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Retaining Walls- the Unsung Garden Hero

Although most people are unaware of their existence or purpose, retaining walls are the supports that allow us to explore the full potential of our garden. Chances are, you pass at least one every day without realising exactly what it is. So, just what are retaining walls, and how are they used to transform mundane gardens into stylish havens of serenity?

What Is a Retaining Wall?

A retaining wall is a structure that holds soil in place laterally, keeping it in position at a sloped angle. They come in a variety of materials such as concrete block, poured concrete, timber and steel. There are 4 main types of retaining walls- gravity walls, piling walls, anchored walls and cantilever walls. Each one has its own merits and benefits.

Gravity Walls

Gravity walls are the most basic retaining wall. They bear the load of the soil with their weight and generally require a trench to be dug or a concrete footer to anchor them. With their basic nature, gravity walls do not have the strength to withstand heavier loads and so should only be used for short slopes.

Piling Walls

Piling walls are comprised of a thin sheet of steel, wood or vinyl that is implanted into the soil. For adequate support, at least one-third of the pile should be driven under the ground. They have good load-bearing capacity and can be reinforced with anchoring supports for added strength.

Anchored Walls

Anchored walls are the strongest of all retaining walls. The wall structure can be built from a variety of materials before being wrapped with the anchor, which is then driven deep into the ground to stabilize the wall.

Cantilever Walls

Cantilever walls are also known as reinforced retaining walls. They have an added slab foundation that extends from the wall at a 90-degree angle, creating an L shape. This foundation is buried in the soil, which weighs the wall down so that it won’t tip or lean forward.

How Do Retaining Walls Work?

Retaining walls work on basic engineering principles. Before starting construction, the builder calculates what the required load-bearing capacity is and builds the wall to strength accordingly.

Factors to consider when calculating the load-bearing capacity include the lateral earth pressure from the soil, axial forces, the size of the slope bearing on the wall, impact loads and possible wind forces.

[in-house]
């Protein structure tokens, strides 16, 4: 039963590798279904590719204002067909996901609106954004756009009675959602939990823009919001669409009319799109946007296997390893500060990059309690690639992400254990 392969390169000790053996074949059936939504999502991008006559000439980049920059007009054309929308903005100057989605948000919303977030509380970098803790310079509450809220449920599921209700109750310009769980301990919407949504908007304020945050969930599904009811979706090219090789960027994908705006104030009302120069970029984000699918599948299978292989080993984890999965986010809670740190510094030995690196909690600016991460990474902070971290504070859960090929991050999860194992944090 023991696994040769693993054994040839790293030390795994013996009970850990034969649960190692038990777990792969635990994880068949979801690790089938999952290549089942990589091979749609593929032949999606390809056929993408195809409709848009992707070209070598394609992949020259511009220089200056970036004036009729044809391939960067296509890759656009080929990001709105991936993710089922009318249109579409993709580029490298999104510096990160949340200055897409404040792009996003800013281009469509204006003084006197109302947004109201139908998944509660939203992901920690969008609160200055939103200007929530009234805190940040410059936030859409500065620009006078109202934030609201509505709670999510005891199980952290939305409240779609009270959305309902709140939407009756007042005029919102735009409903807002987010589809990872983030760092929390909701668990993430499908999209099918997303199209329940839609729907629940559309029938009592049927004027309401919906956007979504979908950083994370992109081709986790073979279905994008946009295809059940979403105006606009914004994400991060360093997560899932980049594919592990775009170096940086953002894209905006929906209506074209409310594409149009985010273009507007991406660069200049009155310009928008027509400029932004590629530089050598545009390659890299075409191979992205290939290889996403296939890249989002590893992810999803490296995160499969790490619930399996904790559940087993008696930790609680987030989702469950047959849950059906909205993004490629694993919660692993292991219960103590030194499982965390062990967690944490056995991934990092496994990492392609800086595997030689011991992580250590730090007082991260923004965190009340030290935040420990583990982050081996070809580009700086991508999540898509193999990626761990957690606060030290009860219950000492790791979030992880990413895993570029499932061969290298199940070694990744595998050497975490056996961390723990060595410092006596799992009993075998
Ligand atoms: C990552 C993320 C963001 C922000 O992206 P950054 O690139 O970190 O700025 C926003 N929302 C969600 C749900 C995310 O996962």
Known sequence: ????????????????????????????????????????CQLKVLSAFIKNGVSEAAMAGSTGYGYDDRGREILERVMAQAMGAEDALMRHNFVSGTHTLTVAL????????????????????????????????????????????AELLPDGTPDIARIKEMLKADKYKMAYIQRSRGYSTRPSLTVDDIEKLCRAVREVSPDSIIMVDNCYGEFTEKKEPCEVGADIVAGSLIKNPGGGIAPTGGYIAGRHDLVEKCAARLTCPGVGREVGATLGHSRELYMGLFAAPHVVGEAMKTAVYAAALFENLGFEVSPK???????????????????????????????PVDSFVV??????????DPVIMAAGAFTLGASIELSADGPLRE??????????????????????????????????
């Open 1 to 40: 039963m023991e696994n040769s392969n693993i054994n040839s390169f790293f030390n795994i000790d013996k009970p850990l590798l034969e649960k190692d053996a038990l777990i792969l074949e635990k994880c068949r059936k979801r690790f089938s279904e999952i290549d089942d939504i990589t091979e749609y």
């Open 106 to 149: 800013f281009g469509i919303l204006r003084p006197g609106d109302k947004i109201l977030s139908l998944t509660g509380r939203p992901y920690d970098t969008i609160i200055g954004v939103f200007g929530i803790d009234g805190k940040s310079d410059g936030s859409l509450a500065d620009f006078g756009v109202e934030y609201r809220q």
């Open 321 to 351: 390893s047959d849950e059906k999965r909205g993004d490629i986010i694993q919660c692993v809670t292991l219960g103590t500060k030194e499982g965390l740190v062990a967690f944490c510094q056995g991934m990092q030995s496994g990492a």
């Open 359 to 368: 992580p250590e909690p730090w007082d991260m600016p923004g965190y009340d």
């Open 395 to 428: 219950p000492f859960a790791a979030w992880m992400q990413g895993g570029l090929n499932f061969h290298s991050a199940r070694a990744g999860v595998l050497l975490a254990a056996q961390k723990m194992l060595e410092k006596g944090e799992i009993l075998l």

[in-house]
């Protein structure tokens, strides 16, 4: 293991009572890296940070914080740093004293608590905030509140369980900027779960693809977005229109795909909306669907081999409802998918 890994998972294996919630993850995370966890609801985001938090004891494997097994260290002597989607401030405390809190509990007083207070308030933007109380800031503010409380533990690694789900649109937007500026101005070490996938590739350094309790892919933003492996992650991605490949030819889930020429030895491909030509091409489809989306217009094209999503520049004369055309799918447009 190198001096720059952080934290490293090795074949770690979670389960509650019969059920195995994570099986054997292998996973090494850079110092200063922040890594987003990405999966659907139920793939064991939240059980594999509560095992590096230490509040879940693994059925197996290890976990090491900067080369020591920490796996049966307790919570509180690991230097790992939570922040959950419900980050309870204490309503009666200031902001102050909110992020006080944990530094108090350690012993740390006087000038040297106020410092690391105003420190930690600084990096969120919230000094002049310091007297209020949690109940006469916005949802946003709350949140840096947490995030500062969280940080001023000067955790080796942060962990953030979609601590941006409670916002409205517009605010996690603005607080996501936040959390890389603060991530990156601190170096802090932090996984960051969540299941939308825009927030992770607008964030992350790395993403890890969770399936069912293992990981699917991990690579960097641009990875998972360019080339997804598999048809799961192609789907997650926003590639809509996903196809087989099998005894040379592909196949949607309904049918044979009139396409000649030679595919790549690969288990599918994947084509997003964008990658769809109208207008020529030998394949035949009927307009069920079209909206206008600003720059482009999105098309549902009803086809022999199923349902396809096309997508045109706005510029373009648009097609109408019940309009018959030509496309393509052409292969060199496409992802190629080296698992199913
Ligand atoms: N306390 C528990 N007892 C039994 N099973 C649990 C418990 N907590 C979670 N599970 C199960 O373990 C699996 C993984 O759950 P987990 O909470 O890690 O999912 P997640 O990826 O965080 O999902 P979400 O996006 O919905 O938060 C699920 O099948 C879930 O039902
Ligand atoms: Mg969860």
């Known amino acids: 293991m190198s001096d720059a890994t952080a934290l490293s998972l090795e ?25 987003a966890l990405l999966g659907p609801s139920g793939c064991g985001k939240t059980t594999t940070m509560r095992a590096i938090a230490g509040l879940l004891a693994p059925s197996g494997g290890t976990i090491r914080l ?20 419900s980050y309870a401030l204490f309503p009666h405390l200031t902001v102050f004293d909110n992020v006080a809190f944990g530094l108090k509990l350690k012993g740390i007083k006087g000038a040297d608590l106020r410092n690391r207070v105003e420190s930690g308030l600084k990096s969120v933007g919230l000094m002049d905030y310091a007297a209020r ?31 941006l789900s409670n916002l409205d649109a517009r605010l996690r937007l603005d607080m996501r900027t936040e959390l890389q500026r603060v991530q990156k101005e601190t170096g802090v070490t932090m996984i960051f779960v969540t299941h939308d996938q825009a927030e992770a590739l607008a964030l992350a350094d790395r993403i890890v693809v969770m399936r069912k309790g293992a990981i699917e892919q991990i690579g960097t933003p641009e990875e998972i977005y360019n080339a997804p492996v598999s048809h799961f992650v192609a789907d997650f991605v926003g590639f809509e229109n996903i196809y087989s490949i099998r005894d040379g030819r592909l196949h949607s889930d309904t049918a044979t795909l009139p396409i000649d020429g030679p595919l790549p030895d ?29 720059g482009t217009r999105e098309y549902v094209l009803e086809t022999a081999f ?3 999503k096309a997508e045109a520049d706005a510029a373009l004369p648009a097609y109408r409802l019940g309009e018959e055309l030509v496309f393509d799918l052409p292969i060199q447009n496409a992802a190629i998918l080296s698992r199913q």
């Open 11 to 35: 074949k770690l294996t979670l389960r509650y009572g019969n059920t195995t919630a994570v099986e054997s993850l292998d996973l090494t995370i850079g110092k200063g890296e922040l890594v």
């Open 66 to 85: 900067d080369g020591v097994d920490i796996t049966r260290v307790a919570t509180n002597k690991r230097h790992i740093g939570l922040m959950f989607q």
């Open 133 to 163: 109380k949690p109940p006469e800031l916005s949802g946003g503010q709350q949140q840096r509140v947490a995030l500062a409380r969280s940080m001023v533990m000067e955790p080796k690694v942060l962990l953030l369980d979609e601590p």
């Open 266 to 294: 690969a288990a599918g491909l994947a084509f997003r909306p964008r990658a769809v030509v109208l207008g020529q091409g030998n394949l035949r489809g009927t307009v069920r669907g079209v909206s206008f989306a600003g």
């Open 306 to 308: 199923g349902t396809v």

Other elements that impact the functionality of the wall are the type of soil in the area, what kind of drainage is in place, and how much frost the wall will be subjected to. People living in earthquake zones may need to get extra guidance to ensure the stability of their wall.

With such a range of variables, it may be wise to consult an engineer if you are building the wall yourself, though the general rule of thumb is that this isn’t strictly necessary if the wall is lower than 3 feet tall.

What Are Retaining Walls Used For?

Retaining Walls- the Unsung Garden HeroRetaining walls serve both as a practical and aesthetic feature. For gardens with slopes or varying levels of elevation, they are used to hold the earth back, allowing the owner to create an area of even ground that is more usable than sloped terrain. They also allow the gardener to safely create flower beds on steep inclines without the chance of soil collapsing on them.

In an aesthetic sense, they add visual appeal and interest to any garden. The variety of materials available enable the user to create anything from a rustic, cosy feel to something more structured and formal.

In areas with sliding hills, retaining walls are used to prevent soil erosion, which can compromise the foundations of buildings. This is often achieved by a technique called ‘terracing’. Terracing offers protection and helps to create pedestrian access in the form of steps. This is a popular option in gardens as it creates fantastic definition, and the spaces between the walls can be used as planters while the walls themselves can be used as a seating feature.

Along with these benefits, retaining walls can be used to manage water runoff. This is done by designing the wall so that sections of it are strategically placed to redirect the flow of runoff through the area. This needs to be carefully planned to ensure that the new flow direction doesn’t cause problems elsewhere.

Retaining Wall Issues

An incorrectly built retaining wall can lead to catastrophic failure. This is commonly seen where the structure is tilting, cracking or crumbling. These problems usually stem from the load capacity being miscalculated or the supports being positioned wrongly. They can also occur where there is insufficient drainage, as flooding around the wall weakens it.

How Much Do They Cost to Build?

The average cost of building a retaining wall depends on the size and nature of the project. Self-building allows you to set your budget by sourcing and choosing materials to suit, though you may also need to pay an engineer to consult with you regarding load-bearing capacity.

If you are hiring a builder, you will have the added cost of labour. The average hourly rate of retaining wall builders is $55 per hour, meaning the more complicated your wall design is, the more costly it will be to build.

The potential cost for the whole project depends on what part of the country you live in. In South Australia, you can expect to pay $380 per square metre. On the other hand, in Western Australia where labour is a lot cheaper, prices start at $70 per square metre.

Retaining Walls Melbourne

Here at Taylor Fencing, we are masters of creating exceptional retaining walls that are built to spec to suit your requirements. Our highly trained staff will consult with you every step of the way, ensuring that the finished product is something that we can both be proud of. Call us on 03 9738 1153 to discuss your project or contact us here for a no-obligation consultation and quote.